Increase your chances for success by making the most out of your high school years.
- Take rigorous classes
- Look for courses that require lots of writing and critical thinking
- Develop good study habits and time-management skills
- Get involved with groups that interest you
- Develop your leadership skills
- Finish strong in your senior year
READ MORE HERE
Without a high school diploma - $23,900
High school diploma - $30,000
Associate's degree - $37,500
Bachelor's degree - $48,500
Master's degree or higher - $59,600
In 2013, median earnings for full-time year-round working young adults ages 25–34 with a bachelor's degree were $48,500, while the median was $23,900 for those without a high school diploma or its equivalent, $30,000 for those with a high school diploma or its equivalent, and $37,500 for those with an associate's degree. In other words, young adults with a bachelor's degree earned more than twice as much as those without a high school diploma or its equivalent (103 percent more) and 62 percent more than young adult high school completers. Additionally, in 2013 median earnings for young adults with a master's or higher degree were $59,600, some 23 percent more than the median for young adults with a bachelor's degree (source).
María Esperanza Harrington, founder and owner of CASA de ESPAÑOL shares useful habits to make learning a second (or third) language part of your lifestyle. Raising your child multilingual opens the doors to new global career opportunities, an authentic opportunity to visit the world and understand it through a more native viewpoint, build high levels of cognitive and creativity skills, become more empathetic to cultural differences, and if this isn’t enough, a study from the University of Florida found that bilinguals on average make $7,000 more per year than monolinguals. http://modernlatina.com/?p=8611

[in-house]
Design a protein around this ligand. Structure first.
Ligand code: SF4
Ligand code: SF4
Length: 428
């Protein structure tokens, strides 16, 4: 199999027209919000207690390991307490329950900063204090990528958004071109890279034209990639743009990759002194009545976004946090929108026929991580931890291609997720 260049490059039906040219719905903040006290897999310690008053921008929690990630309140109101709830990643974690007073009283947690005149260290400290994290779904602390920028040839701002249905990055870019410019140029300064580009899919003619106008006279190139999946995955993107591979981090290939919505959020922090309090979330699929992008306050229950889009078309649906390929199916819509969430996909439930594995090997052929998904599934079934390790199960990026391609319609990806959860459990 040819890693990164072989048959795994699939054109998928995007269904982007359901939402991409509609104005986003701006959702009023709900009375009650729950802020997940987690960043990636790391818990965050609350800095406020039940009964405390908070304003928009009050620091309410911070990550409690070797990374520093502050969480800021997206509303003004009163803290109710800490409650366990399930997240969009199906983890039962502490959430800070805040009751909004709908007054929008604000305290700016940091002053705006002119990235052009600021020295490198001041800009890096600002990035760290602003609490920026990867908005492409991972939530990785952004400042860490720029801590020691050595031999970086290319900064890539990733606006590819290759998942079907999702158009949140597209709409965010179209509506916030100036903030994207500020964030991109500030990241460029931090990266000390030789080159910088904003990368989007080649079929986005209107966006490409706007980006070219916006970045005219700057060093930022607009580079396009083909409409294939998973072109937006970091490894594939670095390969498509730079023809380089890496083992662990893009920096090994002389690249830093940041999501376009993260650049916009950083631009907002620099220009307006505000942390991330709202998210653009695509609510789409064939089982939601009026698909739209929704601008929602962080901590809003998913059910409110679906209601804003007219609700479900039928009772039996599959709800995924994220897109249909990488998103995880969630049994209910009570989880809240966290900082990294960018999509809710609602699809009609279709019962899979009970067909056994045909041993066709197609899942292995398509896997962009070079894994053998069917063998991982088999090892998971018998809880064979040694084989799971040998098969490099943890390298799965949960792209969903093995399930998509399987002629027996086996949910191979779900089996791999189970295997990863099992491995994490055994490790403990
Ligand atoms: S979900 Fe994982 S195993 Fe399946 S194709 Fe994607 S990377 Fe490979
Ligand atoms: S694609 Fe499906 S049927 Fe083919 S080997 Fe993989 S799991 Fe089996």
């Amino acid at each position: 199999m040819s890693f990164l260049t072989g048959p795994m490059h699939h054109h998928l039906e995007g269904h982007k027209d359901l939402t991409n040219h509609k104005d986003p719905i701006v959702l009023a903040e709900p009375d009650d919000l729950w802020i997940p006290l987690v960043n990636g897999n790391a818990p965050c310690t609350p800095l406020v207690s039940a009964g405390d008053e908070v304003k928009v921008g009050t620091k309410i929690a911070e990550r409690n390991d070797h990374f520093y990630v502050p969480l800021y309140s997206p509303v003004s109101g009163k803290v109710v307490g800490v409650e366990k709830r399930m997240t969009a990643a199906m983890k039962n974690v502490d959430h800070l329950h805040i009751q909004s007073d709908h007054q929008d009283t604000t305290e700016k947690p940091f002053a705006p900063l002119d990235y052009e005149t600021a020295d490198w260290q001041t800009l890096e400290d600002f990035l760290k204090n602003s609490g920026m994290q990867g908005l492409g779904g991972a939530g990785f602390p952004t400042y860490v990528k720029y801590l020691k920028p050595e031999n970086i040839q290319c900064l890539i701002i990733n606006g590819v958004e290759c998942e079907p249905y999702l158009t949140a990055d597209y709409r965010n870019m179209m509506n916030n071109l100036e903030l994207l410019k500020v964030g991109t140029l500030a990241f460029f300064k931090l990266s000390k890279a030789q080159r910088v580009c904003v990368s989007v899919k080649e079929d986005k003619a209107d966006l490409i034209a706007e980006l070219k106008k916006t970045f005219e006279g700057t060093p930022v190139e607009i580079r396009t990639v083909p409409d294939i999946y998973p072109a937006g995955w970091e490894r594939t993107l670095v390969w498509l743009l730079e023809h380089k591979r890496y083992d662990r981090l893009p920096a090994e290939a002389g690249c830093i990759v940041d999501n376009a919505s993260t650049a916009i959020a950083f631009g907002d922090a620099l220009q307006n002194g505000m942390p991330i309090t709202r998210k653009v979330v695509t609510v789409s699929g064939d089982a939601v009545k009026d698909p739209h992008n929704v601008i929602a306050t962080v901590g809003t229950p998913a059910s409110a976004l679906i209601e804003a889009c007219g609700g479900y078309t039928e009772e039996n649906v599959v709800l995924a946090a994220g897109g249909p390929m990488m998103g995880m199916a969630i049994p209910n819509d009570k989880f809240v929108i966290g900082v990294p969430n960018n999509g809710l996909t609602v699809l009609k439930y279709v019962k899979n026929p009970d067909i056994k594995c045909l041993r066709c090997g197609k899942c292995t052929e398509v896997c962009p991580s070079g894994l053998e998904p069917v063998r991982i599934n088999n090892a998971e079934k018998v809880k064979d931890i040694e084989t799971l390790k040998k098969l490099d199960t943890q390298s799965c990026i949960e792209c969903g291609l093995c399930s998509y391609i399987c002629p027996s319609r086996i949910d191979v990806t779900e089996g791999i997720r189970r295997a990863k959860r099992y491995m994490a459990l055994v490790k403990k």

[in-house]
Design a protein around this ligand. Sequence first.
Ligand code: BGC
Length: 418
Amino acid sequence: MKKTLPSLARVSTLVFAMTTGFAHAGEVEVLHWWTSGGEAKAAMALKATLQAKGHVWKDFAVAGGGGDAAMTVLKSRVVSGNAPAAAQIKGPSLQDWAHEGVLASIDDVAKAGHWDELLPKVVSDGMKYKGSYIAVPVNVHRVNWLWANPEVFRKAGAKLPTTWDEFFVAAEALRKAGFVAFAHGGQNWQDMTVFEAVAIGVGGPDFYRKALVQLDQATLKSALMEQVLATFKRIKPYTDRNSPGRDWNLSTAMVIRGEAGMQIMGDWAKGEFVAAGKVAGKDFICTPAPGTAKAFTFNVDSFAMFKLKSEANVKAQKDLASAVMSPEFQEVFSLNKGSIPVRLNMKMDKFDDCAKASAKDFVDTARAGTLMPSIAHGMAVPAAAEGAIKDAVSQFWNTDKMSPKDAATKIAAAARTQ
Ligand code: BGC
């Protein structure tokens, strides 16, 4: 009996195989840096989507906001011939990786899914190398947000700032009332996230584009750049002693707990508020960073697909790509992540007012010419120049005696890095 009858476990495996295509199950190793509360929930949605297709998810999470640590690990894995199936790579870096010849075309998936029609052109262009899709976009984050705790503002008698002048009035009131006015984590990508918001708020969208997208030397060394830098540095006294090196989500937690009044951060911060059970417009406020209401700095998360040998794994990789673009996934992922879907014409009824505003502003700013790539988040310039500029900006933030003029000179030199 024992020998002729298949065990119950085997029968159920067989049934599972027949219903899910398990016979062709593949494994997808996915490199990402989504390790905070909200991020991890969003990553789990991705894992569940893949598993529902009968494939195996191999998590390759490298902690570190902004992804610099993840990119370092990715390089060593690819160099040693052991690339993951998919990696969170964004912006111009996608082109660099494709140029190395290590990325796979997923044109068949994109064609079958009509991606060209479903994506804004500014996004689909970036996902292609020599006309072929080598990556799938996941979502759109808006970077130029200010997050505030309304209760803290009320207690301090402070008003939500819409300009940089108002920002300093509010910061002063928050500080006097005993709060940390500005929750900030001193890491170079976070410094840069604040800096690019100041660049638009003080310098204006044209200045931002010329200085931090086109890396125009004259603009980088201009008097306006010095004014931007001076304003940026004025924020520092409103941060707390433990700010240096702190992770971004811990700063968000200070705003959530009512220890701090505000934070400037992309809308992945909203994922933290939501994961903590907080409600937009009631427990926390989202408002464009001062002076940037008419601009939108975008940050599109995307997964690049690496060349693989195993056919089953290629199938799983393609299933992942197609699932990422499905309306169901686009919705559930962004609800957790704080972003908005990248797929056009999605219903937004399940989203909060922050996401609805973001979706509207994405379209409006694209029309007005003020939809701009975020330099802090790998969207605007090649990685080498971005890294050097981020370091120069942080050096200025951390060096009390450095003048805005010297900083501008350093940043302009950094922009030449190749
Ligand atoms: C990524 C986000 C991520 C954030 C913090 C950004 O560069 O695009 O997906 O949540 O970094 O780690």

College enrollment rates are rising among Hispanic men and women in the United States. Recent data from the Pew Research Center shows that 2.2 million Hispanics between the ages of 18 and 24 were enrolled in a two-year or four-year degree program in 2015; this figure represents a threefold increase since 1993. This rise in postsecondary attendance is largely attributable to the nation’s growing Hispanic population and a sharp decline in the high school dropout rate among this demographic. According to the National Center of Education Statistics (NCES), the percentage of college students who identify as Hispanic rose from 4% to 15% between 1976 and 2012. Hispanic students reached a new milestone in 2012 when, for the first time, Hispanic high school graduates enrolled in college at a higher rate than their Caucasian counterparts. The U.S. Census Bureau estimates one in four college students will identify as Hispanic by 2020.
Link to: Scholarships for Hispanic and Latino Students